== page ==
CRM provides the record of the customer, but that doesn’t really address the issue of how to use that information to sell effectively, according to Karl Wirth, CEO of Evergage. “By unifying the marketing automation and CRM system, everyone in the organization has complete visibility into the data and content that they need to touch and influence customers at each stage of the buying journey.”

The ability to respond with relevant messaging in real-time based on a buyer’s most recent activity is the next step in integrating CRM and marketing automation systems, Wirth said.  “To capture those moments, you need to be able to provide a quick yet relevant response.”

More Productive Sales Conversations

Buyers are engaging with the sales team much later in the buying cycle, with 40% of respondents to Demand Gen Report’s 2014 Buyer Behavior Survey indicating that they are waiting longer to engage with sales than they did a year ago. This puts pressure on marketers to ensure that the sales team is having productive conversations when buyers eventually reach out.

“This is where the integration of marketing and CRM really takes hold — in understanding the entire buying journey and making the most of those opportunities to engage with buyers,” said Abby Hammer, VMS Product Manager for Vocus. “With visibility into buyer behavior when it is happening, salespeople can be much more precise in their outreach. They can better prepare when they know the types of content that the buyer has already viewed and move the conversation forward.”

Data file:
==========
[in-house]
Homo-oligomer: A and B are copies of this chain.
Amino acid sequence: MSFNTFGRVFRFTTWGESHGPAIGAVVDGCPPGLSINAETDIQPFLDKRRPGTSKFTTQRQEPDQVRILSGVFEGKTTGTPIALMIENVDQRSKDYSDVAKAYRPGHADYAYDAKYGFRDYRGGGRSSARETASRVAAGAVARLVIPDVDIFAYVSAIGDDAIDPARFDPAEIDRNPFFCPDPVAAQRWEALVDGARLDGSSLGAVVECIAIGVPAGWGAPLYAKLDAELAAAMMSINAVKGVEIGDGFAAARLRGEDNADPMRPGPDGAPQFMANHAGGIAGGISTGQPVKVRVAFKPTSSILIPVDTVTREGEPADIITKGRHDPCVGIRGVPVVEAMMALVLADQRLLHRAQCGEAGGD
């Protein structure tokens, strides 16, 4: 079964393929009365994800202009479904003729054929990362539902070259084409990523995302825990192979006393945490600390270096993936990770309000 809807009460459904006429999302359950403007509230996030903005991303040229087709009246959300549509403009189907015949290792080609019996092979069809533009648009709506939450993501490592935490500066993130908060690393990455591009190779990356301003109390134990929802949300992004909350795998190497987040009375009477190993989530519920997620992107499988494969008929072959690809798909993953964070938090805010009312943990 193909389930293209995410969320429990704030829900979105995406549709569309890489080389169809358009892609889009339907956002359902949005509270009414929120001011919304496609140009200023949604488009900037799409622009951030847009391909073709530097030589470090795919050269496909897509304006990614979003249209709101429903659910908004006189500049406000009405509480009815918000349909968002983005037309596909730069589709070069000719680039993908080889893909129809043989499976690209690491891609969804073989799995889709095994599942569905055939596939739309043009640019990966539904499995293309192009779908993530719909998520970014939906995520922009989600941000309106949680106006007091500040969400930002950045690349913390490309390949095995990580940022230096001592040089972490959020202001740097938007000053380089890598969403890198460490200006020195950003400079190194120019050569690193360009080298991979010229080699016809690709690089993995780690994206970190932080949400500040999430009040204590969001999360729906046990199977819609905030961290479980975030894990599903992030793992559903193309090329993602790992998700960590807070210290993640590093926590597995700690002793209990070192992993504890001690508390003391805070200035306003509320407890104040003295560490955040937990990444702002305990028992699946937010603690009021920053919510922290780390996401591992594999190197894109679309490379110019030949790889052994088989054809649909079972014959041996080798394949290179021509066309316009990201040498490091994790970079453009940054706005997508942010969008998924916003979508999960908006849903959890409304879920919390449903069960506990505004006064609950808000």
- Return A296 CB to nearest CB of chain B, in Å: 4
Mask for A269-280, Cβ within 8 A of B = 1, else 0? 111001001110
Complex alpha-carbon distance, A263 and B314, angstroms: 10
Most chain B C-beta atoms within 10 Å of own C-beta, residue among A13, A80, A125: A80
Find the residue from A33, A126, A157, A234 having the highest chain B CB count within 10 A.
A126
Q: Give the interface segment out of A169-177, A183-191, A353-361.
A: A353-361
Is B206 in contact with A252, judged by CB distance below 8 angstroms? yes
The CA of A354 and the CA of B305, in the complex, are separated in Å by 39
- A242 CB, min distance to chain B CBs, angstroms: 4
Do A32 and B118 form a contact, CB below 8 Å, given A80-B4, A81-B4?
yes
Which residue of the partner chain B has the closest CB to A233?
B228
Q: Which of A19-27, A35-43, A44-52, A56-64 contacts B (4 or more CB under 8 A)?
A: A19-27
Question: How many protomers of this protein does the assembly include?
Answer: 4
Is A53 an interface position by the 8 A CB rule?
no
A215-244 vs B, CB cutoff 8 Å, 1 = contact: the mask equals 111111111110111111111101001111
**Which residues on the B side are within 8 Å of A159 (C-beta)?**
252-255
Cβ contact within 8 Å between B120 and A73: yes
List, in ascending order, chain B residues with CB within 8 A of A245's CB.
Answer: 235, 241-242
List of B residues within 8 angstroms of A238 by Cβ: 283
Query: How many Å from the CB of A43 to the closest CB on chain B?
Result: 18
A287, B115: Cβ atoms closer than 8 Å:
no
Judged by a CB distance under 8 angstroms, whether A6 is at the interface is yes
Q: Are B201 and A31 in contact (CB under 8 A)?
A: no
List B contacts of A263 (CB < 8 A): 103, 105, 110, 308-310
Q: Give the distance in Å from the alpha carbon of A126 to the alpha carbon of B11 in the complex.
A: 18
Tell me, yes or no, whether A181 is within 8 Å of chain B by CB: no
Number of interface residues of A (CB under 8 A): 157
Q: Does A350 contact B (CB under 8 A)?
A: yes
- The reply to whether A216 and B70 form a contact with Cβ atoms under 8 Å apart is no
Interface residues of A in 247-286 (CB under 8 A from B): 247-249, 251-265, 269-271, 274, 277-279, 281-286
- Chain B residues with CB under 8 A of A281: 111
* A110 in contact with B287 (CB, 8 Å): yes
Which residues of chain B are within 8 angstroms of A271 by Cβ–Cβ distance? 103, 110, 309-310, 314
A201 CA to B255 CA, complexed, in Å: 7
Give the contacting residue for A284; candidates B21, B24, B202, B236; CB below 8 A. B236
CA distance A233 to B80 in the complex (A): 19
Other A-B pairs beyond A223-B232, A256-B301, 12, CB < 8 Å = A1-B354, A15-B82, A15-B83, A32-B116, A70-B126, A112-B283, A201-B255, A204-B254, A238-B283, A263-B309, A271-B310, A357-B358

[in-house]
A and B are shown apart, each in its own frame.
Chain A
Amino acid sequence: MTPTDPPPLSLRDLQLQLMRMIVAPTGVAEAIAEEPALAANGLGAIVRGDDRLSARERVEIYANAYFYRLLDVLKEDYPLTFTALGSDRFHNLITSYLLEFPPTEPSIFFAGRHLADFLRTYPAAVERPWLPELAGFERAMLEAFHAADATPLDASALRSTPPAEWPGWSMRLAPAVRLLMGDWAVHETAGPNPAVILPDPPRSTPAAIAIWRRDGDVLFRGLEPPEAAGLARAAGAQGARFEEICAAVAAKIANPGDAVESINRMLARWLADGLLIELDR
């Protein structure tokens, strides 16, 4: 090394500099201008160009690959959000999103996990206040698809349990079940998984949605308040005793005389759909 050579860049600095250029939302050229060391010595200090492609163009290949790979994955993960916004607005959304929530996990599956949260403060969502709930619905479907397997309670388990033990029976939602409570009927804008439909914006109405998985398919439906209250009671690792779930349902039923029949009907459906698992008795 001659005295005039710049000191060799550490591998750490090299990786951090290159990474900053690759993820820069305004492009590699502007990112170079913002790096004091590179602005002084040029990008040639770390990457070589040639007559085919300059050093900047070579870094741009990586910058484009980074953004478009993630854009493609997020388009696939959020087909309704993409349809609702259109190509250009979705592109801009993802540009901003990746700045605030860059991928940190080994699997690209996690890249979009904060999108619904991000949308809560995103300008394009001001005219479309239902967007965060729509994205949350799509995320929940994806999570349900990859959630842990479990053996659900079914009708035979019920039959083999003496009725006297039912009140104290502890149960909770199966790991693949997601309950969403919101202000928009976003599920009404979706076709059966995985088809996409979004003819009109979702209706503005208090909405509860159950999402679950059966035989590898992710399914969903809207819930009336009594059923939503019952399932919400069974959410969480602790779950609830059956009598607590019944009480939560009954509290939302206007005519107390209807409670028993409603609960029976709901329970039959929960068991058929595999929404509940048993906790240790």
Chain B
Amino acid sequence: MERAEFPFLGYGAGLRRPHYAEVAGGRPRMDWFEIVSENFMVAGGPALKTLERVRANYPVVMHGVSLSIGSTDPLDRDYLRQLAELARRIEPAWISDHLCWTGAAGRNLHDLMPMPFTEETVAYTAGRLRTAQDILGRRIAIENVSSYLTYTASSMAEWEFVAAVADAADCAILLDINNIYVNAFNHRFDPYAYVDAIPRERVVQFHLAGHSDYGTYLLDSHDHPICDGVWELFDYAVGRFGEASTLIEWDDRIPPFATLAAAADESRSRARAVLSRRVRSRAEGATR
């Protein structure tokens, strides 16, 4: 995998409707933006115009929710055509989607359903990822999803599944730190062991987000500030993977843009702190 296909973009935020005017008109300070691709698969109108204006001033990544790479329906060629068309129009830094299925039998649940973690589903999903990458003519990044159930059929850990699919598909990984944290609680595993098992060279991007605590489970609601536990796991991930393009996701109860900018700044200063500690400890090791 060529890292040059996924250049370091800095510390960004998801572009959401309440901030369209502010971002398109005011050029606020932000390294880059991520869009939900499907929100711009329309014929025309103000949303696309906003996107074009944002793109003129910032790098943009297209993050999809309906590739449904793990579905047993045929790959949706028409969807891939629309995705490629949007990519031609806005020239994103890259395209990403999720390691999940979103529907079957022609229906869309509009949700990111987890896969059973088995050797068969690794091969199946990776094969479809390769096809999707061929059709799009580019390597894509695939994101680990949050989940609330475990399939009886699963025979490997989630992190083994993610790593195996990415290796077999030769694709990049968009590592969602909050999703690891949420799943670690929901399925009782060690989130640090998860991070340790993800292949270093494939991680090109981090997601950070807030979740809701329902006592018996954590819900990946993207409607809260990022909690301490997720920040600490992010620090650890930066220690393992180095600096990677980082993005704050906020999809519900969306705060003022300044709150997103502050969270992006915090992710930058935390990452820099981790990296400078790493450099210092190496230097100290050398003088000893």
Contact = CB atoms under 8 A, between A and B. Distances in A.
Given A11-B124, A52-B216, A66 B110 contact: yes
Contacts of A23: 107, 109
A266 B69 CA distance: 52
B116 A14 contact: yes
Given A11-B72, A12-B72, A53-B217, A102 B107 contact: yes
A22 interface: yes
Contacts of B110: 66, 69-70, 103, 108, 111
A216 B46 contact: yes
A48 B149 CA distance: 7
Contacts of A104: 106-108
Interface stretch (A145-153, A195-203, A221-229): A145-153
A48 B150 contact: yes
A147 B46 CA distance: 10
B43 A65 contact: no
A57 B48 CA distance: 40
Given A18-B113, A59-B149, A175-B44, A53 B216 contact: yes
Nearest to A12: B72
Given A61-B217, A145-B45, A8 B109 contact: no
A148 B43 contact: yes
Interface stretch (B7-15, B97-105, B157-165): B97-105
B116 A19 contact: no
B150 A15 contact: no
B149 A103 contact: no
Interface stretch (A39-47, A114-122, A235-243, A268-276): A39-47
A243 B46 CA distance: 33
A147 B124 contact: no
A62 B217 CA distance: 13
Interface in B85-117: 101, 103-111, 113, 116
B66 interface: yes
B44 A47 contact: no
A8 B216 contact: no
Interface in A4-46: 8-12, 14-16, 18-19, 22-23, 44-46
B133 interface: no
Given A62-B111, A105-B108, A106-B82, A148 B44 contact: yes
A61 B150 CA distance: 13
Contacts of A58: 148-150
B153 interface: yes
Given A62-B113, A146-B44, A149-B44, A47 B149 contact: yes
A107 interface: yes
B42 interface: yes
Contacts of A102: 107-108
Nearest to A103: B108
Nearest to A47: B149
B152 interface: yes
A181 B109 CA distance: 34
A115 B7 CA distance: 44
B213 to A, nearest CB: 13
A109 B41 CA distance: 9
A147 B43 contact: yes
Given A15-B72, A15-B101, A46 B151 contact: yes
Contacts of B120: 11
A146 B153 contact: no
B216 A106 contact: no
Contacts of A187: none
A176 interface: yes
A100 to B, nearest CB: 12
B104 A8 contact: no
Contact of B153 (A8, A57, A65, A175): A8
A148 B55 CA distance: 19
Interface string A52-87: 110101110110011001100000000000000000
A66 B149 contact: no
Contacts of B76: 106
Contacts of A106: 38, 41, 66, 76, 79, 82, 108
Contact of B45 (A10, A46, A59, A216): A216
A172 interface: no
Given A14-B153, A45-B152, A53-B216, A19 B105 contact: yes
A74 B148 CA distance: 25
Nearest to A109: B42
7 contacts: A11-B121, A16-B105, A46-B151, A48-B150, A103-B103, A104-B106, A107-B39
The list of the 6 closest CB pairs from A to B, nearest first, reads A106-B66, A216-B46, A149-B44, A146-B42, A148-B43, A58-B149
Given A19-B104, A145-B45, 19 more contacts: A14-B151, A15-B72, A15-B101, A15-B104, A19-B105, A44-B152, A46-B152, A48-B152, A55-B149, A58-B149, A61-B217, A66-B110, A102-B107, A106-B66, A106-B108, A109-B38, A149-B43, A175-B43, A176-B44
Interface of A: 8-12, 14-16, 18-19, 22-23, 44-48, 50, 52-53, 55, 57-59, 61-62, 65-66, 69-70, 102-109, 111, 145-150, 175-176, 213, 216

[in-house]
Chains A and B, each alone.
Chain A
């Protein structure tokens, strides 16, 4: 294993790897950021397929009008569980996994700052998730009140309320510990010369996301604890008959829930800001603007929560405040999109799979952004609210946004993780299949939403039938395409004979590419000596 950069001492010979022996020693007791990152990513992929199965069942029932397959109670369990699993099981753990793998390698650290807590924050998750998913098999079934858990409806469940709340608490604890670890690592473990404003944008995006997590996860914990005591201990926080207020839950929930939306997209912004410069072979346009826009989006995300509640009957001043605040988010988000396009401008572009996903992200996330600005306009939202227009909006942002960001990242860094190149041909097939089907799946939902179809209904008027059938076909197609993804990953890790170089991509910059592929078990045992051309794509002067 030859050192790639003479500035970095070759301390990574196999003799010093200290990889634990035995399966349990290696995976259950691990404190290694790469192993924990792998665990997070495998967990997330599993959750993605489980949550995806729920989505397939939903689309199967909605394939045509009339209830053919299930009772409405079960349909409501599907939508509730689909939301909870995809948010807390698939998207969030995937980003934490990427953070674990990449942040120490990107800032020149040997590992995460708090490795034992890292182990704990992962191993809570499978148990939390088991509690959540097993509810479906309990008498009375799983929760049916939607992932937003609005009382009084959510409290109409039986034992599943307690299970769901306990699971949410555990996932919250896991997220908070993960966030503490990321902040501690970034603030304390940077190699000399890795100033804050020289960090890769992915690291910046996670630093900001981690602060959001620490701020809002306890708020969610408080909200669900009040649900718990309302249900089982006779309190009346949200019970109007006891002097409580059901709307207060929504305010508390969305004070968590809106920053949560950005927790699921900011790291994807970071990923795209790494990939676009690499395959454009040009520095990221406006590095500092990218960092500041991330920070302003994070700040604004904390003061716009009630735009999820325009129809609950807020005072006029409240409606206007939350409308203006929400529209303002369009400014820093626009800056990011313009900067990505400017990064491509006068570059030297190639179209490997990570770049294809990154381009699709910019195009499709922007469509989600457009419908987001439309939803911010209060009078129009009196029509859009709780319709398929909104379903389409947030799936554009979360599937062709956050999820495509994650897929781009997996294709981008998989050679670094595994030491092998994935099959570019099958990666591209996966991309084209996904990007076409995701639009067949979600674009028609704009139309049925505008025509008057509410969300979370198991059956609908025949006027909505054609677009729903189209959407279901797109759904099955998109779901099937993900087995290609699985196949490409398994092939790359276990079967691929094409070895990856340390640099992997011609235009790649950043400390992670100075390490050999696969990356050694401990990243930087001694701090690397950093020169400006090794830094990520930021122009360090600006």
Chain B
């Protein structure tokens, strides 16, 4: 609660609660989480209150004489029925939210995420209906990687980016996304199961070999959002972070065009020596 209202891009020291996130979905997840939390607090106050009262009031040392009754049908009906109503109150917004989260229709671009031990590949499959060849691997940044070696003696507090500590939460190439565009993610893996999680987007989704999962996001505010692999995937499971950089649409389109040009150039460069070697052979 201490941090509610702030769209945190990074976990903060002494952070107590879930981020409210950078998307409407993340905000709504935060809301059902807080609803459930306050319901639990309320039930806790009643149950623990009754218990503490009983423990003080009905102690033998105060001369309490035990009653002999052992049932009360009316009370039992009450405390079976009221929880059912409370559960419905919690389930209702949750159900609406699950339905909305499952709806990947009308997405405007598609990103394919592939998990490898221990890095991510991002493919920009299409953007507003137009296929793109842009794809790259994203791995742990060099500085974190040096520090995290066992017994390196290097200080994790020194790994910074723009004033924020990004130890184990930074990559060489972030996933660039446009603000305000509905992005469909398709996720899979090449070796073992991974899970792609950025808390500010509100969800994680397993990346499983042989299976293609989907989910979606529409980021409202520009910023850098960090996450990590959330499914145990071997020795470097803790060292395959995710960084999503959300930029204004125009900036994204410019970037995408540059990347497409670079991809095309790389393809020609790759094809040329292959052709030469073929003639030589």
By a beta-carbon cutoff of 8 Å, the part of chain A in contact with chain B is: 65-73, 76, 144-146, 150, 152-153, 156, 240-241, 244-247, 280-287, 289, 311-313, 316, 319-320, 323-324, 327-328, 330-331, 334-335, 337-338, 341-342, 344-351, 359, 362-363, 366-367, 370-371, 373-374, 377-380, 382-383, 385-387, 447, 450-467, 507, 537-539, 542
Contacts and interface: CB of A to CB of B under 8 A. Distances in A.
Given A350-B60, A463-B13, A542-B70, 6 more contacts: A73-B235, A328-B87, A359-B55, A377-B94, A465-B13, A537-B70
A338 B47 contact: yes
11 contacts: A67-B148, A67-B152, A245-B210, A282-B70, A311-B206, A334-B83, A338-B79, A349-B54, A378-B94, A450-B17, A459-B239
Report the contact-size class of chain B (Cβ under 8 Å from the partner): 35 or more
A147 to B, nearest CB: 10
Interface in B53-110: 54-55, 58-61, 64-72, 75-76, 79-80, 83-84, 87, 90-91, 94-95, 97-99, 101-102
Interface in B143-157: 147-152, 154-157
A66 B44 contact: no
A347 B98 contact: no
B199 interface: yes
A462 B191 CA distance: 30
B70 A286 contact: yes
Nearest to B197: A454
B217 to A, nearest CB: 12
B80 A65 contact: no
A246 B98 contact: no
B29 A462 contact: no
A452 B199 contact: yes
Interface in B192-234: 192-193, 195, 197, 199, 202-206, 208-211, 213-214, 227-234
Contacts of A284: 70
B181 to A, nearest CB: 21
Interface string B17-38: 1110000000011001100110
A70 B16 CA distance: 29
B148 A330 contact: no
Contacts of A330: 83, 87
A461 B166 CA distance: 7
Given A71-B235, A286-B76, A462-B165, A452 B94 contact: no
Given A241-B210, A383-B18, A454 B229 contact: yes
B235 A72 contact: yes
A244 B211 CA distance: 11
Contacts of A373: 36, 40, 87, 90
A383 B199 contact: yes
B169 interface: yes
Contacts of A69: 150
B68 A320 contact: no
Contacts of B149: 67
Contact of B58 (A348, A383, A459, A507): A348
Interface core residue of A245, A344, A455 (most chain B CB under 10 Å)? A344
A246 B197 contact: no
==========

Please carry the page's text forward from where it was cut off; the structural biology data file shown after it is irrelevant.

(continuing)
Many organizations are not only using information from marketing automation and CRM platforms for better engagement, they are supplementing that with third-party data for more precise targeting and using apps such as LinkedIn’s upgraded Sales Navigator to close the gaps between sales and marketing. 

“The position today in many leading organizations is that everyone is responsible for generating revenue, so there is a keen interest in developing strong intelligence about target markets to help nurture leads to become customers and through renewal,” said Brian Kelly, CMO of InsideView.

The integration shouldn’t just be limited to marketing and sales automation, said Atri Chatterjee, CMO of Act-On Software. “While integration between CRM and marketing automation is hugely beneficial, there needs to be visibility into systems such as billing and customer success. The cost of bringing in a new customer is about six times that of retaining an existing customer, so it makes sense to have a more holistic view of the customer beyond the marketing and sales databases.”

Forward-looking organizations are researching ways to use the ties between marketing automation, CRM and other platforms to make the buying process more predictive.

“As we get more and more data on buyers from marketing automation, CRM and other systems, there is a lot of noise,” said Hammer of Vocus. “Once you get those systems in sync and sharing data, the next step is to examine the buying patterns and behaviors for usable insights.”

Eric Marcy, VP of Demand Generation and Marketing Operations for the SAVO Group, said the challenge is putting all of that data into context to help the sales team close more deals. “It has to move beyond a laundry list of information and data that is being pushed to a salesperson. The next challenge is to provide the individual salesperson with the right contextual information on qualified lead at the right moment.”